I'm going to get a bunch of supercaps and boost regulators and see if I can convince a PS/2 or PS/3 locomotive to skip some dead spots.  Next would be Lionel Legacy, that may be easy or hard.

@sinclair  I have a few Legacy locos.  I've mostly tested them in command mode with the Legacy base.  It's been several years, but I'm pretty sure if you press DIR when running at speed, they stop gradually (at least a foot of continued operation) and then shift into "neutral" awaiting further commands.  I think there's a momentum setting that's programmable on the Legacy CAB-2.  Again it's been a while, but I always found their operation to be forgiving and kid-friendly.

One of my locos is the 11203 Berkshire.  Like the Vision Hudson, this has TWO flywheels and back-drivable gears.  In one specific case someone turned off the track power while it was running near full speed with a train.  It coasted at least two feet!

DCS also has programmable acceleration and deceleration settings.  From what I recall, they come from the factory set at 4, 2 and I usually change them to 2, 1.  On PS2 this worked pretty well but I've never tested a PS3 model in this regard.

sinclair posted:

Problem with pushing the direction button on the remote is that it's a function built into the electronics, so they will behave as they are programmed to do, which on MTH PS-3 running in DCC is to slow down and then speed up in the other direction.  Legacy will almost come to a complete stop with very minimal coasting.  So to run your test you truly need to cut track power.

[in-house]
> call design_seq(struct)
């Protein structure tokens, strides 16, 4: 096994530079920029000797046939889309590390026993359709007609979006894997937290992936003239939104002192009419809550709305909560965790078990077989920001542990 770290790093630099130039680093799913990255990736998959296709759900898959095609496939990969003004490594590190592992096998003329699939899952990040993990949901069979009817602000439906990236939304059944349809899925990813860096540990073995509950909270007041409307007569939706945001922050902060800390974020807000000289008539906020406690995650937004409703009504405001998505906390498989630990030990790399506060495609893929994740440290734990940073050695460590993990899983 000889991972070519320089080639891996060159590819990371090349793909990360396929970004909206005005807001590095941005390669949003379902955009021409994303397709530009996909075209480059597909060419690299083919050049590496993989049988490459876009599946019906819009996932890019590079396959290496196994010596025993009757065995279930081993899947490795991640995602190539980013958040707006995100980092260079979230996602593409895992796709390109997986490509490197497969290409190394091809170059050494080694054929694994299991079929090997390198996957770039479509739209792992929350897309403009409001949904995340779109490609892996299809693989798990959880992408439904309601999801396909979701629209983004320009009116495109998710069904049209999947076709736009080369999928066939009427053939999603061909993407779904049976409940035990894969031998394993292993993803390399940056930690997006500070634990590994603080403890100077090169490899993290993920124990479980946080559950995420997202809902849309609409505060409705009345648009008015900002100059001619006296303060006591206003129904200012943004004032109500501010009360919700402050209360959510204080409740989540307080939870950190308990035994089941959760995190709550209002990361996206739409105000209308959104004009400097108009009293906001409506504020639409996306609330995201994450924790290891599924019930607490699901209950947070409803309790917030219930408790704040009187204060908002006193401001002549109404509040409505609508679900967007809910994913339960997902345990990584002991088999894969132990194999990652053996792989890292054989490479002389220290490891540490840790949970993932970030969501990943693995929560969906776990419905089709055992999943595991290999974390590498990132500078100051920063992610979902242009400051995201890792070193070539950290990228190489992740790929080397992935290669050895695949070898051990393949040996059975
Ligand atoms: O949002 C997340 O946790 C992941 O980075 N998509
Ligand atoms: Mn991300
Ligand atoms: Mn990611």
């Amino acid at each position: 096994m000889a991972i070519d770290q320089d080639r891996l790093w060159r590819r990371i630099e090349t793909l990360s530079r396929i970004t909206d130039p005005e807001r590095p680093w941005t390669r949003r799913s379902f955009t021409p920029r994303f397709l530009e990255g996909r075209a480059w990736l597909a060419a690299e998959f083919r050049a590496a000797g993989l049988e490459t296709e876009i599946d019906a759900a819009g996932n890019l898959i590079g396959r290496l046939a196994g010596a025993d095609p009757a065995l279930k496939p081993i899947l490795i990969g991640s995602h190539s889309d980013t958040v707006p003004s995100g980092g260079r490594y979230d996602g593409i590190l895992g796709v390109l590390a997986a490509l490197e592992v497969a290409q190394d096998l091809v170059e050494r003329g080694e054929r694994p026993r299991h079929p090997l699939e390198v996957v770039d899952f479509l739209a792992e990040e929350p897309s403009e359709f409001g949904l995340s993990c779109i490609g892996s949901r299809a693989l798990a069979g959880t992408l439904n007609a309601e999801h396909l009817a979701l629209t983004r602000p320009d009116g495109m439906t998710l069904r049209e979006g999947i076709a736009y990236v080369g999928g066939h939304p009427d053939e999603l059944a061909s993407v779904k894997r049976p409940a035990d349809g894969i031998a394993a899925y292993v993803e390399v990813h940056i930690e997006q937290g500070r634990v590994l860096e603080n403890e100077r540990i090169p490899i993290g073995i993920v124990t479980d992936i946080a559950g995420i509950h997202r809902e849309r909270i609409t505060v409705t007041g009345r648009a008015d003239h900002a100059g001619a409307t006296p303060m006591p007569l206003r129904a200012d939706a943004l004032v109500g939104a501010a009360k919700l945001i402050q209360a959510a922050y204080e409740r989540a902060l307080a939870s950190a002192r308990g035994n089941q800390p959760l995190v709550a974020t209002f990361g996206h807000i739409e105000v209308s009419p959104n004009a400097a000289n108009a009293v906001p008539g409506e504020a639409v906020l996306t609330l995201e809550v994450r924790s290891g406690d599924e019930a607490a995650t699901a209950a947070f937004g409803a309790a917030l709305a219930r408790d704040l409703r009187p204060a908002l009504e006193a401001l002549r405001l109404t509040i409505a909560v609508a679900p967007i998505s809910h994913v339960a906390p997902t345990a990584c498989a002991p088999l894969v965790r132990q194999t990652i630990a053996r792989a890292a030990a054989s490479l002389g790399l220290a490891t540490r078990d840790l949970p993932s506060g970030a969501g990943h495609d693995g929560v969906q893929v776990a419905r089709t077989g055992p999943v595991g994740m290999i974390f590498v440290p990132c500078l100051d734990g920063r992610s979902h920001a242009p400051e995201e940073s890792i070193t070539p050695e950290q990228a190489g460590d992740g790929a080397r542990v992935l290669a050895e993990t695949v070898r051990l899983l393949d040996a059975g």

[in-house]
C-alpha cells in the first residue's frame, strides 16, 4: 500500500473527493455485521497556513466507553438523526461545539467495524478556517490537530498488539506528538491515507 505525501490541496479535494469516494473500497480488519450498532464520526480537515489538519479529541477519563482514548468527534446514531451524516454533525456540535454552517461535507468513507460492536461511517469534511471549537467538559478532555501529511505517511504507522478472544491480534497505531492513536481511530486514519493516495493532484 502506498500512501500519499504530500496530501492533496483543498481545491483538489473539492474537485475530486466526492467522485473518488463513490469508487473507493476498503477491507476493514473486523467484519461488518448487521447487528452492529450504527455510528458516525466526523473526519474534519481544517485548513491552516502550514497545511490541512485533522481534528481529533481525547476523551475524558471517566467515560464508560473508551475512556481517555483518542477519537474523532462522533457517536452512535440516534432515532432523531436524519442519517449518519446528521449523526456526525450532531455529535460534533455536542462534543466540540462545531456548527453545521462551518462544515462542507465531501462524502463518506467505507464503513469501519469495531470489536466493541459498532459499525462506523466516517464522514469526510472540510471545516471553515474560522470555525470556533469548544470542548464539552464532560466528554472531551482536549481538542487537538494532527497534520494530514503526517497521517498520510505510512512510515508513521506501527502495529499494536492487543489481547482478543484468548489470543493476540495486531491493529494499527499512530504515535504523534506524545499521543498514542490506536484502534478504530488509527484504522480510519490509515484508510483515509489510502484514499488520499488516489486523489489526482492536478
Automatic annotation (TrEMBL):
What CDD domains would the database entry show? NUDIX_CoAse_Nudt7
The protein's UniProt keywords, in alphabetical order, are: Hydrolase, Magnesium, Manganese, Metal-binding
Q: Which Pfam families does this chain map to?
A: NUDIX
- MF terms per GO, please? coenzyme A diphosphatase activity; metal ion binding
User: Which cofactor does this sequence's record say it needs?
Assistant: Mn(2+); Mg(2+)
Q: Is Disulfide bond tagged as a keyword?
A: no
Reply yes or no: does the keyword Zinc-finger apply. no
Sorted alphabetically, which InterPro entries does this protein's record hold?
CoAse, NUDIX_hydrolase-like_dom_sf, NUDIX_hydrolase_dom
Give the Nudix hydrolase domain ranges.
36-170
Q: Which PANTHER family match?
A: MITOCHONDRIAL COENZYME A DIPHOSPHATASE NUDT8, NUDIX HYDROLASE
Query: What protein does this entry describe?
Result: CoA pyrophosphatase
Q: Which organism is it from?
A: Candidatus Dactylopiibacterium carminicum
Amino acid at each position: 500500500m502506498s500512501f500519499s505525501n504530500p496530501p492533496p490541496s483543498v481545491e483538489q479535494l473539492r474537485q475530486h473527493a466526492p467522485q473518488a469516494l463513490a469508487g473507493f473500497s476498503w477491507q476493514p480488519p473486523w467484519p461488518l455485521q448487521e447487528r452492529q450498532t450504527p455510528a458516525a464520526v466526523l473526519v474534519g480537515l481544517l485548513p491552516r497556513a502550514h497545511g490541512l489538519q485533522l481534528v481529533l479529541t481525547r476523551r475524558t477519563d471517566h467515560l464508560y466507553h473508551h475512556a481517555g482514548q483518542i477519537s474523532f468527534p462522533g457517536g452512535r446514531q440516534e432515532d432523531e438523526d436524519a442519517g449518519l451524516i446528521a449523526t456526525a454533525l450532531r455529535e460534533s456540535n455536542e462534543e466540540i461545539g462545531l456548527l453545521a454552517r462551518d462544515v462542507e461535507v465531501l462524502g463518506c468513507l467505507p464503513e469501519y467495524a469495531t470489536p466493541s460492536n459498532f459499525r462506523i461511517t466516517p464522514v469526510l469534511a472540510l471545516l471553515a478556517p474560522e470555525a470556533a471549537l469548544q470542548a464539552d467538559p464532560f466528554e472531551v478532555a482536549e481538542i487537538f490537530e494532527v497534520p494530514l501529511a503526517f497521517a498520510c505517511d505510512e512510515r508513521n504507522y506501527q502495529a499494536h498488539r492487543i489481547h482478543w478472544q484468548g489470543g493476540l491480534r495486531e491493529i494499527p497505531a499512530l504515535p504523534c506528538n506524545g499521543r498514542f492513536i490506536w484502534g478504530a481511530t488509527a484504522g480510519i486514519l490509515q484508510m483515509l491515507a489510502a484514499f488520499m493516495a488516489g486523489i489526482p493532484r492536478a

Yep, the only way to verify is to cut track power.

Unfortunately, we are at the mercy of the control electronics in terms of the resulting behavior. As I mentioned above, when I cut power while running on analog AC, the PS3 board stopped the motor immediately. When running on DCC, it ran for almost 10 seconds.

On the ESU Loksound decoders, for example, this behavior is configurable up to 4 seconds, but with the stock PS3 (or other!) electronics, we have no such option.

gunrunnerjohn posted:

I'm going to get a bunch of supercaps and boost regulators and see if I can convince a PS/2 or PS/3 locomotive to skip some dead spots.  Next would be Lionel Legacy, that may be easy or hard.

I'm pretty sure at this point the PS3 will work. Legacy, well.... let us know. 

I'm thinking on how to charge the capacitors in the first place.  I can't charge them from track power without a totally isolated power source as the DCS or Legacy electronics doesn't have a common DC ground.  One possibility is to charge them from the same place I'm providing the power when track power is gone, but I have to deal with the issue of not charging when the caps are powering the electronics.

gunrunnerjohn posted:

I'm thinking on how to charge the capacitors in the first place.  I can't charge them from track power without a totally isolated power source as the DCS or Legacy electronics doesn't have a common DC ground.  One possibility is to charge them from the same place I'm providing the power when track power is gone, but I have to deal with the issue of not charging when the caps are powering the electronics.

Hey John, the caps will charge as long as the engine is powered, provided the output voltage of the boost regulator is set correctly, as I describe in the other thread. Since they are powered after the rectifier in the decoder it doesn't matter if the track power is AC, DCS, DCC, or whatever. The power/ground for the keepalive is internal to the decoder.